Negative Identity Column – SQL in Sixty Seconds #101

Negative Identity Column - SQL in Sixty Seconds #101 101-NegativeIdentity-cover1-800x450 I had a very interesting story to tell about a negative identity column from my recent Comprehensive Database Performance Health Check.

Real-World Story

Recently I had the opportunity to work on a project where my client had a negative identity column. The column was continuously decreasing. It starts at zero (0) but keeps on decreasing. When I asked them why the column is negative, they were really not sure about the reason. After carefully looking at their deployment code they figured out that they had accidentally put -1 as interval instead of +1 and that was the reason for the decrementing identity column.

Here is the video which discusses the negative identity column. I hope you find it useful.

After looking at the identity column my client was indeed worried if it has any negative impact on their SQL Server Performance or if they will face any issue in the future. The answer, there is no impact on performance on performance due to how you keep your identity or its interval.

During my career, I have seen examples where my client ran out of the identity column value. They were not in the situation of the using the same identity value again and hence decided to reset (with reseeding) identity value to zero and started to decrement it with a negative value.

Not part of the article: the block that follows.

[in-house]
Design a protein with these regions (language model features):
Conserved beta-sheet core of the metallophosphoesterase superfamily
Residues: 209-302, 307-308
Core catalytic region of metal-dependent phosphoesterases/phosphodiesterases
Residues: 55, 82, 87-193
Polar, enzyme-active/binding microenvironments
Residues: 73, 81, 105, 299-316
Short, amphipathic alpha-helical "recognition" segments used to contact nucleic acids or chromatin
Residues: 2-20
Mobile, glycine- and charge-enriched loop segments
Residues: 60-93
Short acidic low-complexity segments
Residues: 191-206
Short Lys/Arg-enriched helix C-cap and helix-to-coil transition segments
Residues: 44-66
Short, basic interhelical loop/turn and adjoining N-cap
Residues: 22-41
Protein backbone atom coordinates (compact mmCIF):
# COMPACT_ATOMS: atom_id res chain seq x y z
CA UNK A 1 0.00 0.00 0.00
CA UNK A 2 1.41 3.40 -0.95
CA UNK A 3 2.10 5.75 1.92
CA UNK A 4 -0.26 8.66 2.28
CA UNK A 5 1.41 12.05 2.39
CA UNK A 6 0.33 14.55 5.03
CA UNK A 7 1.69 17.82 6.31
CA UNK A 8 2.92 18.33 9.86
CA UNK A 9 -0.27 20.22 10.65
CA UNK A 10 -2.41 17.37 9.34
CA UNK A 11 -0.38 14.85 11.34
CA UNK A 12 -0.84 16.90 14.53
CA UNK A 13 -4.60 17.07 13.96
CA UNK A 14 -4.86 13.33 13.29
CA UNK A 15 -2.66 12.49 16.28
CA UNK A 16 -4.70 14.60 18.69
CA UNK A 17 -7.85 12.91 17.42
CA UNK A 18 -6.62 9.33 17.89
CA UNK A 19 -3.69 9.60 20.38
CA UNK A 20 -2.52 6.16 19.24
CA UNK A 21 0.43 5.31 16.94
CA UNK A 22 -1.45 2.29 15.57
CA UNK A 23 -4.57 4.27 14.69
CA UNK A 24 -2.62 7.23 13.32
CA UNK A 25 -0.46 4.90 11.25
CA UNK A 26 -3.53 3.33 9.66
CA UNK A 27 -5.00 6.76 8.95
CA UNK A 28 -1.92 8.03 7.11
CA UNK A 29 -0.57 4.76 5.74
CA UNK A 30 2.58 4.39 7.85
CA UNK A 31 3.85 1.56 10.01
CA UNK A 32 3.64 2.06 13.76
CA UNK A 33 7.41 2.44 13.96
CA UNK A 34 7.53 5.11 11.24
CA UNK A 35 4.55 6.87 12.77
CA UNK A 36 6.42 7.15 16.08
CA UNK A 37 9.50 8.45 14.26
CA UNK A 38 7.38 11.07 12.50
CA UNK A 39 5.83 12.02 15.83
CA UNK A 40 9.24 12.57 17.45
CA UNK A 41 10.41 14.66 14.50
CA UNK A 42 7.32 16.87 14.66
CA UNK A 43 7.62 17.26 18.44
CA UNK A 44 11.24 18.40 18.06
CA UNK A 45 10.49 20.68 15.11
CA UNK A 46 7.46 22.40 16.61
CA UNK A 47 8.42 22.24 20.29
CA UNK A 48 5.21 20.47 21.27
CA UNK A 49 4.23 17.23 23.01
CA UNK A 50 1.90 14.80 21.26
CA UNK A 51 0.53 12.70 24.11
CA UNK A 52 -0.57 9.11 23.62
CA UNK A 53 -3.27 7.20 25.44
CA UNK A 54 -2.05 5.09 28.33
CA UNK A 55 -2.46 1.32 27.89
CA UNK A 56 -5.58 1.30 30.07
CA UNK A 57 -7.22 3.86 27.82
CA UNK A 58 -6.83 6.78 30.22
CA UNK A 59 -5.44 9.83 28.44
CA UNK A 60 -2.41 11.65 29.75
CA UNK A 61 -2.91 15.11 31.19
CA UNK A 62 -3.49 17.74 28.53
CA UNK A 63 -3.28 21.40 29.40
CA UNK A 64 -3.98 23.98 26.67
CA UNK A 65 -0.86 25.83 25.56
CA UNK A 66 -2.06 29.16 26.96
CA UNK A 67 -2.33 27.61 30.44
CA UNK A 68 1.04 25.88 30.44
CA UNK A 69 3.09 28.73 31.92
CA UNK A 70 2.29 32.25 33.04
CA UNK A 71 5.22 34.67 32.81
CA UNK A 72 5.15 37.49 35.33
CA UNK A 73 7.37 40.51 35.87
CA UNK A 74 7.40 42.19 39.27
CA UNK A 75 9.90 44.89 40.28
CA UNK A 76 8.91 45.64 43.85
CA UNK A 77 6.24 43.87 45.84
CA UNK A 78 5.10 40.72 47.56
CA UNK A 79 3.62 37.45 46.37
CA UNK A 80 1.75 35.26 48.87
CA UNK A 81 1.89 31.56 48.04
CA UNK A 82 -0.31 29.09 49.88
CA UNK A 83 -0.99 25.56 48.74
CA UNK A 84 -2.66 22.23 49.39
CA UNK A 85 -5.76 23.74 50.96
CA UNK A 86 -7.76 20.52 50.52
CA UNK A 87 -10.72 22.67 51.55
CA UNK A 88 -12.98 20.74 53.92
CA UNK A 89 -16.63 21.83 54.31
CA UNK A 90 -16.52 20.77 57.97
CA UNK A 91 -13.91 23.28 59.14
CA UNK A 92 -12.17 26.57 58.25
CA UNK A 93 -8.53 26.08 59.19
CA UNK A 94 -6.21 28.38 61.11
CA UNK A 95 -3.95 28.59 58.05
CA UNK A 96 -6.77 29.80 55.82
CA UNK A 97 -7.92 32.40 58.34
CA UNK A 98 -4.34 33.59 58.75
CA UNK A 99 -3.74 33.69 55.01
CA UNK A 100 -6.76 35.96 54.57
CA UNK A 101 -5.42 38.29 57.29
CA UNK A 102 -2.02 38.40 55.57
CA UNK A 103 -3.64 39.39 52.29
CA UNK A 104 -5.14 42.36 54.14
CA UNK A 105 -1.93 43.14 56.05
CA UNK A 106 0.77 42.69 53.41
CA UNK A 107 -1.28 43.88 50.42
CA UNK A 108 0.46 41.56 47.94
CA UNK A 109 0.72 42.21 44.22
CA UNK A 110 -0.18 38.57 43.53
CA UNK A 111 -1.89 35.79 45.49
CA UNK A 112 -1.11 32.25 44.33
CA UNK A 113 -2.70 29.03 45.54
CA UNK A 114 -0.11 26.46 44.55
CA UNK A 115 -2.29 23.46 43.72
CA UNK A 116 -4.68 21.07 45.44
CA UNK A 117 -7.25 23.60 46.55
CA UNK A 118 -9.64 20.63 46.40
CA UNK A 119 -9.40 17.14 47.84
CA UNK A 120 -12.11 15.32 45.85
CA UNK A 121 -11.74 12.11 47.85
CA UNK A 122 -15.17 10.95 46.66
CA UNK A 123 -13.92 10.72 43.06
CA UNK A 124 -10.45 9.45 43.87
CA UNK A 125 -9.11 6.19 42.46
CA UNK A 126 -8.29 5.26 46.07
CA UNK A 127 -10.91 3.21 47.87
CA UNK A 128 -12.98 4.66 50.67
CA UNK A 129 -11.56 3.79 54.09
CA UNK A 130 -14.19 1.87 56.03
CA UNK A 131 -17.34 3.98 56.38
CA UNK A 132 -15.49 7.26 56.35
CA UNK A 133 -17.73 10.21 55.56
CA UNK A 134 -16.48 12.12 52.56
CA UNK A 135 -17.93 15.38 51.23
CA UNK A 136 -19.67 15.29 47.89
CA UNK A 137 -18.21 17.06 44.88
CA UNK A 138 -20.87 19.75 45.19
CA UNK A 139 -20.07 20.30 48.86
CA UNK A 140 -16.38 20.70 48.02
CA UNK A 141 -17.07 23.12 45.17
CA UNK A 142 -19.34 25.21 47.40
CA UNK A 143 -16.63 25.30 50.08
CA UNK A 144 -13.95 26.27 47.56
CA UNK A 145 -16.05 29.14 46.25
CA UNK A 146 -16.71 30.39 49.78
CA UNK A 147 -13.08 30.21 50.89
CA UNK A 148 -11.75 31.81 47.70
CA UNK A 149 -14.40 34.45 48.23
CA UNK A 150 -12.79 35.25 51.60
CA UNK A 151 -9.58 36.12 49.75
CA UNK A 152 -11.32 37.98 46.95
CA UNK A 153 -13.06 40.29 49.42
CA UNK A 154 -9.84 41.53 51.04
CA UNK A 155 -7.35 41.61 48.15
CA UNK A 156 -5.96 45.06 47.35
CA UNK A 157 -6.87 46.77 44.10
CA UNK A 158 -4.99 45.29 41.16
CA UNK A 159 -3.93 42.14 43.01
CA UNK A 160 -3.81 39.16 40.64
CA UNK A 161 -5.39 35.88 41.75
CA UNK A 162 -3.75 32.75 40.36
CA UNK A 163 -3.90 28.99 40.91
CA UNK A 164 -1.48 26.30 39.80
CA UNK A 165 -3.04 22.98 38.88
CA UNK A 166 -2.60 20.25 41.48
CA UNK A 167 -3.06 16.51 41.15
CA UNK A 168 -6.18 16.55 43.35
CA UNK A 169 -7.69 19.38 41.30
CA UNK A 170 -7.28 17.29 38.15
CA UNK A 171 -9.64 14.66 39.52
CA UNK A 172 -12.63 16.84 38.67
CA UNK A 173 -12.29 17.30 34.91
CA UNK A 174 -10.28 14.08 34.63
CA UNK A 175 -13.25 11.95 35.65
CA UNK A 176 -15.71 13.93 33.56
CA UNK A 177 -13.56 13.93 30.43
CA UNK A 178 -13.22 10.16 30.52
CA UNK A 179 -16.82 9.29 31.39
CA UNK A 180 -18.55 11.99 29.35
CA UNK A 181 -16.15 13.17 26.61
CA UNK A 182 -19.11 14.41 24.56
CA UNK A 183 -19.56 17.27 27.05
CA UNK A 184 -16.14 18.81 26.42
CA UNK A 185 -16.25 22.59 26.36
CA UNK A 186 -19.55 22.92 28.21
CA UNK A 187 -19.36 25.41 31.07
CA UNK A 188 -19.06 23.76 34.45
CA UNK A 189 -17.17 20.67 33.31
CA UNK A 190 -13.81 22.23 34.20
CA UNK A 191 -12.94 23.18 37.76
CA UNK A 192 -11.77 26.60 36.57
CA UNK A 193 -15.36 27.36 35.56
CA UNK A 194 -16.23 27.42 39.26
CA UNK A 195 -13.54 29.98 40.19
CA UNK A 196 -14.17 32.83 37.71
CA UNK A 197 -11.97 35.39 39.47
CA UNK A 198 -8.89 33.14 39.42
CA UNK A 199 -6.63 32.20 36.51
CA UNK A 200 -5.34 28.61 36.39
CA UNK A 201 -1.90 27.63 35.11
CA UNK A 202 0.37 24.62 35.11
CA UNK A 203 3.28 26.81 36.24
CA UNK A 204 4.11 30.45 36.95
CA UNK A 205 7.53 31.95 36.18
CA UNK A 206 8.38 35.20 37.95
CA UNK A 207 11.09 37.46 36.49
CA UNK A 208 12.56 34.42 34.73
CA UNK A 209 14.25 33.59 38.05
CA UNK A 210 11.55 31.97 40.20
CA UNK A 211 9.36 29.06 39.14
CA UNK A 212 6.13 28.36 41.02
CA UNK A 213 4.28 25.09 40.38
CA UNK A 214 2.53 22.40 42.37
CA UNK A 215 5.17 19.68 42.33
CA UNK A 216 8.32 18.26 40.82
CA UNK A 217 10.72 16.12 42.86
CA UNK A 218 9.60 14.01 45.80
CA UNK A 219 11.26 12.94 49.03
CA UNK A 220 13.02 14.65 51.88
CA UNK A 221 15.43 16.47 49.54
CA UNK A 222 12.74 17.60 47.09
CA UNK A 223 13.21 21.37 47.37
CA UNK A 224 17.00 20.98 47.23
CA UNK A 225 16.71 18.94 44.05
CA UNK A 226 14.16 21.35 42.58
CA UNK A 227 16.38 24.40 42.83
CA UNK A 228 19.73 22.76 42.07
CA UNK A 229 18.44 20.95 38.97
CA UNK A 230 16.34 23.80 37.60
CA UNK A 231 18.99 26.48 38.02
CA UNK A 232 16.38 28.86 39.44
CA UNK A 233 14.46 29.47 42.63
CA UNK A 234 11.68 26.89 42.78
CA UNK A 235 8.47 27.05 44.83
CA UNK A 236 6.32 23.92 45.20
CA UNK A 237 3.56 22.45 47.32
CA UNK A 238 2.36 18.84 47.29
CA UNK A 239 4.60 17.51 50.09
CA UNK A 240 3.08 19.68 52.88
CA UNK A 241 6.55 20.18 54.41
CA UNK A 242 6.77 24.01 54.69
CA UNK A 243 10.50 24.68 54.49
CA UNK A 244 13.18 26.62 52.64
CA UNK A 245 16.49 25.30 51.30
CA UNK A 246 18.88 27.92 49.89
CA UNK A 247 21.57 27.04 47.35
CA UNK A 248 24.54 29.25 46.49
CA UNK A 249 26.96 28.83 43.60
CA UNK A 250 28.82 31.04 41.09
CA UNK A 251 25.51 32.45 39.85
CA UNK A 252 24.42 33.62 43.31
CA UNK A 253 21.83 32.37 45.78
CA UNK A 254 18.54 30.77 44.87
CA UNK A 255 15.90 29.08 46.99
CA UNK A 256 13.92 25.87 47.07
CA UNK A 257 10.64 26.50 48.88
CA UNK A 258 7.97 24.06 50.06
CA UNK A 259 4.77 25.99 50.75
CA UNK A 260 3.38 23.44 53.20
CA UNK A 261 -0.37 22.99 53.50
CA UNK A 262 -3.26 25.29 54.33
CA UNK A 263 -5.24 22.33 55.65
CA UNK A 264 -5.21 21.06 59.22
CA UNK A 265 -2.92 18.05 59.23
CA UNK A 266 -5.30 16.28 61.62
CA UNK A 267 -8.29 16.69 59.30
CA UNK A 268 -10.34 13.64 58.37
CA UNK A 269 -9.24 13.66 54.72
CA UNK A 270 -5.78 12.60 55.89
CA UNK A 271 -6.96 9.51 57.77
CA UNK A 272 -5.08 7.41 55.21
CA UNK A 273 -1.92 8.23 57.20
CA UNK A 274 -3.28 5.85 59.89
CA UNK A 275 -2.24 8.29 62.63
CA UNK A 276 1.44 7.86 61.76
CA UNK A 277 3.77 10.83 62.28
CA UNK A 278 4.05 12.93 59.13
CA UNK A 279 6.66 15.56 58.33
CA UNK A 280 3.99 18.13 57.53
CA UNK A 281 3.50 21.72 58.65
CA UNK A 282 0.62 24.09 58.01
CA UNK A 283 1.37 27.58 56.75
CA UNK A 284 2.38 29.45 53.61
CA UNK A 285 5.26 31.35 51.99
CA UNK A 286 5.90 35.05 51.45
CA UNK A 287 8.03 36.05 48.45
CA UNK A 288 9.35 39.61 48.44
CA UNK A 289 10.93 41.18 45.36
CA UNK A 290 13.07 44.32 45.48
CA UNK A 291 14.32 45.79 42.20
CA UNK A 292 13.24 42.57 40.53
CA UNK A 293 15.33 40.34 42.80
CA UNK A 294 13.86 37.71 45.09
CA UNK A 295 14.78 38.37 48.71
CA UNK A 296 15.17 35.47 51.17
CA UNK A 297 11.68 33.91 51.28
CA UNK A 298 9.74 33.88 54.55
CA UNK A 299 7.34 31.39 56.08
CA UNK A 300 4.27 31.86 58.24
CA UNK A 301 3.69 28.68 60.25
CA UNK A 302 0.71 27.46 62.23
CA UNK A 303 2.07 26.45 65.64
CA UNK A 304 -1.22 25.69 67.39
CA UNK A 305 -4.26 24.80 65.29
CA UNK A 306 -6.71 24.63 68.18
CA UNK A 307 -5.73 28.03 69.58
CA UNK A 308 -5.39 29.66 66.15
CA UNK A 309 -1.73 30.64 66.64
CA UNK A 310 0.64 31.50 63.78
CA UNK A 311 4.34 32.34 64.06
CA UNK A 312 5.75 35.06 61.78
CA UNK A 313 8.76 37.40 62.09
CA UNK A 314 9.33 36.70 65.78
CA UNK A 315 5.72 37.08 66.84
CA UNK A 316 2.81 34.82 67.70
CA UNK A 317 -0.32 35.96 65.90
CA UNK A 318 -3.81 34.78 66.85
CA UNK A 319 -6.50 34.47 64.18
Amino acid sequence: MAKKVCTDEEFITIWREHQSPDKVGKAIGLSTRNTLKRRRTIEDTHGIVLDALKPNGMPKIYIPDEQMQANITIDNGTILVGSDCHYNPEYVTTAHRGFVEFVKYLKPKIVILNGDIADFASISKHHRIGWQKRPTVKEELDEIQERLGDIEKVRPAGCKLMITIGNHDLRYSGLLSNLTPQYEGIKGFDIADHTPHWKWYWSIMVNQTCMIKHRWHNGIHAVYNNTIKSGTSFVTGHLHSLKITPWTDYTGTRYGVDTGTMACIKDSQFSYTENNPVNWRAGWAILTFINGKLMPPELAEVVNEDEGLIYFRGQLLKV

Script for Negative Identity Column

Here is the script which I have used in the video.

	(ID INT IDENTITY (0,-1), Col1 VARCHAR(100))
INSERT INTO TestTable (Col1) 
VALUES ('') 
GO 20 
FROM TestTable

Please leave feedback to this blog post and let me know what you think about the SQL in the Sixty Seconds video series and also this demonstration.

Here are a few related blog posts:

Reference: Pinal Dave (

SQL Identity, SQL in Sixty Seconds, SQL Performance, SQL Scripts, SQL Server
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4 Comments. Leave new

  • myprogrammingexp
    August 14, 2020 9:30 pm

    The negative identity is not an issue. It is just that positive numbers are easy on the eyes. A lot of systems have the identity column as the only key value. As an example a customer number of 1001 is more readable compared to say -1001.

    Just my two cents.

  • I have used a used a negative seed for the identity column and incremented by 1 to utilize all the values of an int in order to not run out of values.

  • The best use case I’ve seen is a temporary fix when you run out of values. You switch the seed back to 0 (or -1 depending) and the increment to -1 and you have a whole new set of values to use. You’ll probably still need to alter the datatype to something like BIGINT to get more values but this is a quick and easy way to get you up and running again.

    Another version I’ve seen is when you have 2 tables where the data has to be merged. Say a sales table at two different locations. You can make one of them have positive values and the other negative and then the two tables can be merged together without any issues.


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